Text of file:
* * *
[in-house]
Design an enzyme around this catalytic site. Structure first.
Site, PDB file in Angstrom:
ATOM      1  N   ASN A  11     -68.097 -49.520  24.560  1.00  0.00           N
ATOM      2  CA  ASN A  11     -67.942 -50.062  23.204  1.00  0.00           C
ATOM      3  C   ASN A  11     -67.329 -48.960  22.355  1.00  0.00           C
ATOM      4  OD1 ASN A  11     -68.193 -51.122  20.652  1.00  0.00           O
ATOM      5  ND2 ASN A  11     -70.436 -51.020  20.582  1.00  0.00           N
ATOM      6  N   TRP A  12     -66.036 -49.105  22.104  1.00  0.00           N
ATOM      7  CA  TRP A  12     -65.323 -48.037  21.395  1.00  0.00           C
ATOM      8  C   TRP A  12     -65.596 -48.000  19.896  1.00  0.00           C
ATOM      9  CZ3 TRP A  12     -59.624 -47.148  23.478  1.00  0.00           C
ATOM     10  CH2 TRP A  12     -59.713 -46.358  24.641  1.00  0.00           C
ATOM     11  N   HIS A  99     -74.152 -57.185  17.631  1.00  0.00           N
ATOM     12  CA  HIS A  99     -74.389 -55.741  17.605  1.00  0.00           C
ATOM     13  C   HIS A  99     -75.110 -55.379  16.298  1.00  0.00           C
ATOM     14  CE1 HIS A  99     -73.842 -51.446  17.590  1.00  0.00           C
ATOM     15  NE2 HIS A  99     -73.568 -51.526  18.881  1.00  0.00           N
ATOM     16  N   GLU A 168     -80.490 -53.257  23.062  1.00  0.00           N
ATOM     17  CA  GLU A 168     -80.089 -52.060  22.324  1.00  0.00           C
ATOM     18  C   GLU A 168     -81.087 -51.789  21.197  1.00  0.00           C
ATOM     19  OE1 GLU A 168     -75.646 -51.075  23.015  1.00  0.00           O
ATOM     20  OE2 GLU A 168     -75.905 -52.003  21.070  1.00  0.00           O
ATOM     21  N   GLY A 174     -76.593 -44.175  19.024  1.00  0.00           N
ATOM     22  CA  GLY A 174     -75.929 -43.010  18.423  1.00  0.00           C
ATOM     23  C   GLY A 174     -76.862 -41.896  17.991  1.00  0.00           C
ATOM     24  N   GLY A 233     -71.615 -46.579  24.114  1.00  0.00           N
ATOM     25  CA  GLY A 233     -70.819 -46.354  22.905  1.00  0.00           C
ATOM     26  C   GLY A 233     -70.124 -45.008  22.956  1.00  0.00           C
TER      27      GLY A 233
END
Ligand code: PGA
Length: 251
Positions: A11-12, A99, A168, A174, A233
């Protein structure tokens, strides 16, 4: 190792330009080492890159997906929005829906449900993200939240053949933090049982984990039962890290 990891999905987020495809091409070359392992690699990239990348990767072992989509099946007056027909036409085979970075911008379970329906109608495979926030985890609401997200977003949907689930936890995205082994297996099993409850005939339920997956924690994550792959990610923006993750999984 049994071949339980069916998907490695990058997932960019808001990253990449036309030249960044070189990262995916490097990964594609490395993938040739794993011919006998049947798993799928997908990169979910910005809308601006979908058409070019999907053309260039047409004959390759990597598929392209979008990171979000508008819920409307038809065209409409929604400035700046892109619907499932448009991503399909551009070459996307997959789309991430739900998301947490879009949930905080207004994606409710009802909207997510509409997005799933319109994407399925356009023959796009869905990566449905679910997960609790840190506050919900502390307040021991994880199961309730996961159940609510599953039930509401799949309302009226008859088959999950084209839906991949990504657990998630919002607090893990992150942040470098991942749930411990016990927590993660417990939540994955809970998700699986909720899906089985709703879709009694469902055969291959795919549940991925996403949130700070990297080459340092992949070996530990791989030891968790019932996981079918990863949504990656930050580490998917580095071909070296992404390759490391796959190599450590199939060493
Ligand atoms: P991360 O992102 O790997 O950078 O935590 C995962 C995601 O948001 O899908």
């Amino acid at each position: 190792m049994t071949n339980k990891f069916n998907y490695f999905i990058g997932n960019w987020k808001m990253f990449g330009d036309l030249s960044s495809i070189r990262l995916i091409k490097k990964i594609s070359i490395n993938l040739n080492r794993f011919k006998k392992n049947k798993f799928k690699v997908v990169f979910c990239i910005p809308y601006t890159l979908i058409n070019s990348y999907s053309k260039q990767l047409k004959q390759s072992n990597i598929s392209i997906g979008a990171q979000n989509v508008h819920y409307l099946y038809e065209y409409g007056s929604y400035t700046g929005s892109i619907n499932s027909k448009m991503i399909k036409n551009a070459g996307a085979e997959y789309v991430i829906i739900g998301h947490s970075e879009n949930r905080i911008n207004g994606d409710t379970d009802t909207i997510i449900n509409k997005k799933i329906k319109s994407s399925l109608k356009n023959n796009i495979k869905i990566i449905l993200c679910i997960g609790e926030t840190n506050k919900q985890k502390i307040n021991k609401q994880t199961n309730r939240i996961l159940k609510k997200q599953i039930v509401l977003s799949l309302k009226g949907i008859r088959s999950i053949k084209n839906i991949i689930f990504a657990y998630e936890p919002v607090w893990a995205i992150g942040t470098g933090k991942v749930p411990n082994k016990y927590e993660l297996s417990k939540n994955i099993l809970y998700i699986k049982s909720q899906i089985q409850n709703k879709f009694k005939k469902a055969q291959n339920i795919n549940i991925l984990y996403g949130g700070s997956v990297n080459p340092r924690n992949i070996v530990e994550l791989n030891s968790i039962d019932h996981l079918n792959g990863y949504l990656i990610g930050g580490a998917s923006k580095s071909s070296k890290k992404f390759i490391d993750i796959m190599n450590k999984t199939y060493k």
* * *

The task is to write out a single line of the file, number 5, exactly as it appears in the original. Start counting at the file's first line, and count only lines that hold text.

ATOM      2  CA  ASN A  11     -67.942 -50.062  23.204  1.00  0.00           C